from The American Heritage® Dictionary of the English Language, 4th Edition
- intransitive v. To march from a narrow or confined area into the open.
- intransitive v. To emerge; issue: "His companions still lay in the bed of the ravine, through which the smaller stream debouched” ( James Fenimore Cooper).
- transitive v. To cause to emerge or issue.
from Wiktionary, Creative Commons Attribution/Share-Alike License
- n. A narrow outlet from which a body of water pours.
- n. A fortress at the end of a defile.
- v. To pour forth from a narrow opening. To emerge from a narrow place like a defile into open country or a wider space.
from the GNU version of the Collaborative International Dictionary of English
- intransitive v. To march out from a wood, defile, or other confined spot, into open ground; to issue.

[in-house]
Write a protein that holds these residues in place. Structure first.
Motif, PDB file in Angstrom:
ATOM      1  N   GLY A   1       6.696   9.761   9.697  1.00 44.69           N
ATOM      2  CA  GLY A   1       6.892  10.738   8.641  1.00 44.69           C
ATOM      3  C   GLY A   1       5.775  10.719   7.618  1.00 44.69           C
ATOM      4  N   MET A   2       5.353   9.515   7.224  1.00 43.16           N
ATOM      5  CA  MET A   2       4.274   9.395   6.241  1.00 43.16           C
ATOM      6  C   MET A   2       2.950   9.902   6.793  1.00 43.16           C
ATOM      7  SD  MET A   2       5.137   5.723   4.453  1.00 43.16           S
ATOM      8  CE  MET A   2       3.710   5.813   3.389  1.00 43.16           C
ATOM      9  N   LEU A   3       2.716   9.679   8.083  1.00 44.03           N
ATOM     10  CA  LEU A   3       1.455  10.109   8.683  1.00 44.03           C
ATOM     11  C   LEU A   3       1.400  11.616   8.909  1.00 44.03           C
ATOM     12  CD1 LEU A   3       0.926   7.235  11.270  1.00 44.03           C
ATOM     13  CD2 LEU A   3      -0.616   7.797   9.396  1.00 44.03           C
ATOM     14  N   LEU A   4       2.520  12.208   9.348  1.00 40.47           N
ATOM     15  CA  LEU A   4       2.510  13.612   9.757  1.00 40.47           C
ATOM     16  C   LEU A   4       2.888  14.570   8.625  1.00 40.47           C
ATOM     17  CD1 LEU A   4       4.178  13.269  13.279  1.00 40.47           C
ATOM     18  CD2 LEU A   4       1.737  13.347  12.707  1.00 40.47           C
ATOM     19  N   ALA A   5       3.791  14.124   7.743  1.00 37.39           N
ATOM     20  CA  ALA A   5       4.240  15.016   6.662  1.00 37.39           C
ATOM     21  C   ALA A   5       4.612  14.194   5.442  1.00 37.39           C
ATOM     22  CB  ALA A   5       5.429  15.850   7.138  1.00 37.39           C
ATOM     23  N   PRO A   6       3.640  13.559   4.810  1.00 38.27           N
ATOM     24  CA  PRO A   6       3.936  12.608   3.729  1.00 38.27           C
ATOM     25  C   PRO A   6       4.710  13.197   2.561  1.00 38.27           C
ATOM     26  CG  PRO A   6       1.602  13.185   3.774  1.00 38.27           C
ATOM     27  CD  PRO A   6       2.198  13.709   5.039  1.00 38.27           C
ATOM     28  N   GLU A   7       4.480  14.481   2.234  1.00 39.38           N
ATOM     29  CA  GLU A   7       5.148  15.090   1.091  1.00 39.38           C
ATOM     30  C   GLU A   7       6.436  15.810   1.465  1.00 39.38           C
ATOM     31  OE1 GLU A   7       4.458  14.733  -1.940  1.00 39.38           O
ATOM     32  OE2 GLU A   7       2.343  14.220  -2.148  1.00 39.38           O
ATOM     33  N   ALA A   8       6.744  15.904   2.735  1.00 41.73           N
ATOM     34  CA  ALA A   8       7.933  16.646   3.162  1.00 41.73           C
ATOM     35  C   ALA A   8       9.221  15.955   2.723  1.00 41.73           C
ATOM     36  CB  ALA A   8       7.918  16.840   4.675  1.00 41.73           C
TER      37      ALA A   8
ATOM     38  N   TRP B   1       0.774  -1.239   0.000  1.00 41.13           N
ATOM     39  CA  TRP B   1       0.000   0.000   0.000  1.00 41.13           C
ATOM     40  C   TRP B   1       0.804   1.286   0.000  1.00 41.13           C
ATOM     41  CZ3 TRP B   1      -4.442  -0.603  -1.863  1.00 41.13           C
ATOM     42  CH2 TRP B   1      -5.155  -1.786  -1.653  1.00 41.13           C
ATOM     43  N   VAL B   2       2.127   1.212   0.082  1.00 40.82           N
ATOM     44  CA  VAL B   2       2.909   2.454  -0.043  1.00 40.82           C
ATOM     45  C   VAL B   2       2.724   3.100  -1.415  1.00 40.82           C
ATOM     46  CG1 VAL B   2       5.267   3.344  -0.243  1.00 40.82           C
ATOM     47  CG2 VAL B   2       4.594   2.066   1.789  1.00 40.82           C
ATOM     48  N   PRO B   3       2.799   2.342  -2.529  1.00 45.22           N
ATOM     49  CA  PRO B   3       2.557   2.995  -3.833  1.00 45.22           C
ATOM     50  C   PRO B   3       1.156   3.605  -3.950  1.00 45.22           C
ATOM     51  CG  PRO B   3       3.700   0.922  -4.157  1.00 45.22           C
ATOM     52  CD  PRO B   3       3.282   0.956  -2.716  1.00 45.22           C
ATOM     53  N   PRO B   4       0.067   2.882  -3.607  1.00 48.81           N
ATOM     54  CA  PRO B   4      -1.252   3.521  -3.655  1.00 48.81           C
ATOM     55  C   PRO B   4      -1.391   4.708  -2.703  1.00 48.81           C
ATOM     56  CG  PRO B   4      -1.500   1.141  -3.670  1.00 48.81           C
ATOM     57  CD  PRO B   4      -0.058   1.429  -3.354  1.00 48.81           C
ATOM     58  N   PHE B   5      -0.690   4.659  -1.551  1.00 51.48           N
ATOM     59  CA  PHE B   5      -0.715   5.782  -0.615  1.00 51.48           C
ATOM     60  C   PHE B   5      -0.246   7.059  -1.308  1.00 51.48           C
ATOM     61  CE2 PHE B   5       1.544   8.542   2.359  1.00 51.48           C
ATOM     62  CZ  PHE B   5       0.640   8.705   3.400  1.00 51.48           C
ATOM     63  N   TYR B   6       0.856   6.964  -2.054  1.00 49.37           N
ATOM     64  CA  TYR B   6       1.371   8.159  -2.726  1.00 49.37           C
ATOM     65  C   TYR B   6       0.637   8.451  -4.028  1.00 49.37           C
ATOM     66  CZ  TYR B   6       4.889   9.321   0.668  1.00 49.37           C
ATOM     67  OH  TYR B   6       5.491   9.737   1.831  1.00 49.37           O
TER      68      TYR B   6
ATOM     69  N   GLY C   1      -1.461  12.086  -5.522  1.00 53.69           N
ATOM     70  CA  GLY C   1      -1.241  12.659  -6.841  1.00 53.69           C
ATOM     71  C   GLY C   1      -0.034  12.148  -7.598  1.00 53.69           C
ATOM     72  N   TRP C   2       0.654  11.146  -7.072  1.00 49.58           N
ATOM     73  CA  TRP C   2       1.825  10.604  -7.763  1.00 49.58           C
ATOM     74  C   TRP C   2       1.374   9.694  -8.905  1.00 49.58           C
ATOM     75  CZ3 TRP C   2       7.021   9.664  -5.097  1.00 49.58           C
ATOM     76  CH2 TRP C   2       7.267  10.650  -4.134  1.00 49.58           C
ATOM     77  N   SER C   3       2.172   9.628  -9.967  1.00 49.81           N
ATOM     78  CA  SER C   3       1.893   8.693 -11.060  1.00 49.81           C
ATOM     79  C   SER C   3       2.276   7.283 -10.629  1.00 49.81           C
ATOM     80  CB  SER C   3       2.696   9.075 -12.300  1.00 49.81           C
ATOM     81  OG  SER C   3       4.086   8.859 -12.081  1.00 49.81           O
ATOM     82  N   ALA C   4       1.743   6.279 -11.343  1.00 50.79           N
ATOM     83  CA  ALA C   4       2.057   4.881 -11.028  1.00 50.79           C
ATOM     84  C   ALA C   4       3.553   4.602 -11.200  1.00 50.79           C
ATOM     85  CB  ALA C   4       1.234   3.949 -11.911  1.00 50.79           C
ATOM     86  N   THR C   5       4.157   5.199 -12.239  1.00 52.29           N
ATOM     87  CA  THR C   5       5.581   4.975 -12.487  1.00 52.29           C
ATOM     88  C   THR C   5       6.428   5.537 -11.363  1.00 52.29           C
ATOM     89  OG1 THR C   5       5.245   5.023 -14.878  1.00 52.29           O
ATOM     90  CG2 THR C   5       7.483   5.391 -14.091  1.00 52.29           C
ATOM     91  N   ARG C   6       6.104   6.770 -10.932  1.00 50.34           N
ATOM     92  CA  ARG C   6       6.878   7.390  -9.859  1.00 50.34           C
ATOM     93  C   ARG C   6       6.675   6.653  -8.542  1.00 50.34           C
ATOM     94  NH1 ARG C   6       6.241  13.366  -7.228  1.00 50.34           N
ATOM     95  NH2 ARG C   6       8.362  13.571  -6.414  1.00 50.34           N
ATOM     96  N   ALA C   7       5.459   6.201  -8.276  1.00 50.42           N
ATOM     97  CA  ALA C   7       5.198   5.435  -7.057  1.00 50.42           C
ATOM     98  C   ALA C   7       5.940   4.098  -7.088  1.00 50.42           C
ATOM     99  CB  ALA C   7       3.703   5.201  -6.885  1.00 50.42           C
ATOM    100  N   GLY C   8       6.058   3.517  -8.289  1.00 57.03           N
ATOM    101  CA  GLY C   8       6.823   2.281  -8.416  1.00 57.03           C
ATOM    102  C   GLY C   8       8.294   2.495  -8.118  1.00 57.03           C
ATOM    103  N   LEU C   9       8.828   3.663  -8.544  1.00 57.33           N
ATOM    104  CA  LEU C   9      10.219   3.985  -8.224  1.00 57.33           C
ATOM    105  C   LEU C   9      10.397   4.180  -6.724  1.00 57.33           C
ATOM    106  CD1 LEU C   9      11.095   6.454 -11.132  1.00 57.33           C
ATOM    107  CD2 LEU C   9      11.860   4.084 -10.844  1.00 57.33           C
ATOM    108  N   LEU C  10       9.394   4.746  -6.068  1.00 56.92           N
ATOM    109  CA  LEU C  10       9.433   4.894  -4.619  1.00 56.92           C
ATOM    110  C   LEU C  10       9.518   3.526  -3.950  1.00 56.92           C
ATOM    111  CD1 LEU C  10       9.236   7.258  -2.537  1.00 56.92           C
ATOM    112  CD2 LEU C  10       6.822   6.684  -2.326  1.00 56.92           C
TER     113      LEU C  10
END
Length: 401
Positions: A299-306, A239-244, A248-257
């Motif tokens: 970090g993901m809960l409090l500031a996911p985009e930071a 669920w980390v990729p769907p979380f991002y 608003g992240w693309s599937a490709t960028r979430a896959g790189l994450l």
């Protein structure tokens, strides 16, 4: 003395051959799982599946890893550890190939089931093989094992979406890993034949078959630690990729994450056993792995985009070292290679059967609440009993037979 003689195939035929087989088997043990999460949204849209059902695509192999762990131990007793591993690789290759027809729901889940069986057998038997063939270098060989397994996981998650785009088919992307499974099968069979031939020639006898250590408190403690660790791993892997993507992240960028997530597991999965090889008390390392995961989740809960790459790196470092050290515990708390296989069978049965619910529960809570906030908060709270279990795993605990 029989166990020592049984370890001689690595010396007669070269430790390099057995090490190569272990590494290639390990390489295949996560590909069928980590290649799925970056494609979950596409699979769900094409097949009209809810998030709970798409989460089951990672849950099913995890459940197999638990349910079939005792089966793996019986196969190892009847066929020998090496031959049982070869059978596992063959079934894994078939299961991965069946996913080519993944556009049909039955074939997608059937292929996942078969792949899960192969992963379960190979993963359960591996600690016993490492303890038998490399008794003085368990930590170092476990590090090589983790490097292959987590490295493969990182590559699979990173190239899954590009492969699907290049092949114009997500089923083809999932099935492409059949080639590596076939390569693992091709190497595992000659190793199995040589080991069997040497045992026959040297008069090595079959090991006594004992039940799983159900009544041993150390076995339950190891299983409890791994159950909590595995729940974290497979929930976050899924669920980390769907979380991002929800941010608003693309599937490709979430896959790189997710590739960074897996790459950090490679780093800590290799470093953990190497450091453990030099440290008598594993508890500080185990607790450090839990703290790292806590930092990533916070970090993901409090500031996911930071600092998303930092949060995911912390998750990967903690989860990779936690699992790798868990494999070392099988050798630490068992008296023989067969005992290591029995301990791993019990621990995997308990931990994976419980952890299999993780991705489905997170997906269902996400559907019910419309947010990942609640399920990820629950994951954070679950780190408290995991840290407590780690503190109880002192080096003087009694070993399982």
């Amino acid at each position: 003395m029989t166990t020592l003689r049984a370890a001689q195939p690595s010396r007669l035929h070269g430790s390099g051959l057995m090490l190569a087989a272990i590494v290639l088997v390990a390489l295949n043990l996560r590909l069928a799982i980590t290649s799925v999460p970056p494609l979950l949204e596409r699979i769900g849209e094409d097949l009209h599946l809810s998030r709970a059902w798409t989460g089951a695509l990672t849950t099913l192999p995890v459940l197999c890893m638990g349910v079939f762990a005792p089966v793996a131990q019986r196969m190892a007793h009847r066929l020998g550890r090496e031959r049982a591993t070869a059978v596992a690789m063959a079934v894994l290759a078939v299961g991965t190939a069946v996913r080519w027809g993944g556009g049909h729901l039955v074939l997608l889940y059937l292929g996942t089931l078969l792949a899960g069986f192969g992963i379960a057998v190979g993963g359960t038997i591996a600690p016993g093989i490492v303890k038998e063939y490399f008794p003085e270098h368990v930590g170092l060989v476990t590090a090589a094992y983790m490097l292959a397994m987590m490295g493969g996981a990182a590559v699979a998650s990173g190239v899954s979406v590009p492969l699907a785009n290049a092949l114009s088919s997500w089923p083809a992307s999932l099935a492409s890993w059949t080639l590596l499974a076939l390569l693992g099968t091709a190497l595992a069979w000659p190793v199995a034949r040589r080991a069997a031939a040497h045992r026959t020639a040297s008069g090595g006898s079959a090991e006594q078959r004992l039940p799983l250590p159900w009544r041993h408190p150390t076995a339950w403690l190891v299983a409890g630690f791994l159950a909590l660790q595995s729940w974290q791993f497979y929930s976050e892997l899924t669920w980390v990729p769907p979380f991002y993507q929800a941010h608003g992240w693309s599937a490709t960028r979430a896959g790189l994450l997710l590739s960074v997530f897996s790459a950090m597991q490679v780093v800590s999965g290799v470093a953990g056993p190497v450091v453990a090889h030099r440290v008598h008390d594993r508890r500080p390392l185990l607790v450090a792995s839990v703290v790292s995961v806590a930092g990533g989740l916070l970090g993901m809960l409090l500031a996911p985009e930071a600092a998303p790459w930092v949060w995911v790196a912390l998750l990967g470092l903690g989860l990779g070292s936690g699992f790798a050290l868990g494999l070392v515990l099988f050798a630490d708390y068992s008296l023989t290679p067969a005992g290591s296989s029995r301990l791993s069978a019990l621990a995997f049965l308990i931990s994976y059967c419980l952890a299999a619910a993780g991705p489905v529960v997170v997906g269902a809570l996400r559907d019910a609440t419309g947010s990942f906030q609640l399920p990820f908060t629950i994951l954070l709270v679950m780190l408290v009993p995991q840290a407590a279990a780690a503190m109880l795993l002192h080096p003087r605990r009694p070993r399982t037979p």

- intransitive v. To issue; -- said of a stream passing from a gorge out into an open valley or a plain.
from The Century Dictionary and Cyclopedia
- To emerge or pass out; issue
- In physical geography, to issue from a mountain: said of a river which enters a plain from an elevated region.
- In anatomy, to open out; empty or pour contents, as into a duct or other vessel: as, the ureter debouches into the bladder.
from WordNet 3.0 Copyright 2006 by Princeton University. All rights reserved.
- v. march out (as from a defile) into open ground
- v. pass out or emerge; especially of rivers
French déboucher : dé-, out of (from Old French des-; see de-) + bouche, mouth (from Latin bucca, cheek, mouth).(American Heritage® Dictionary of the English Language, Fourth Edition)
French déboucher (de + bouche), modelled on Italian sboccare. (Wiktionary)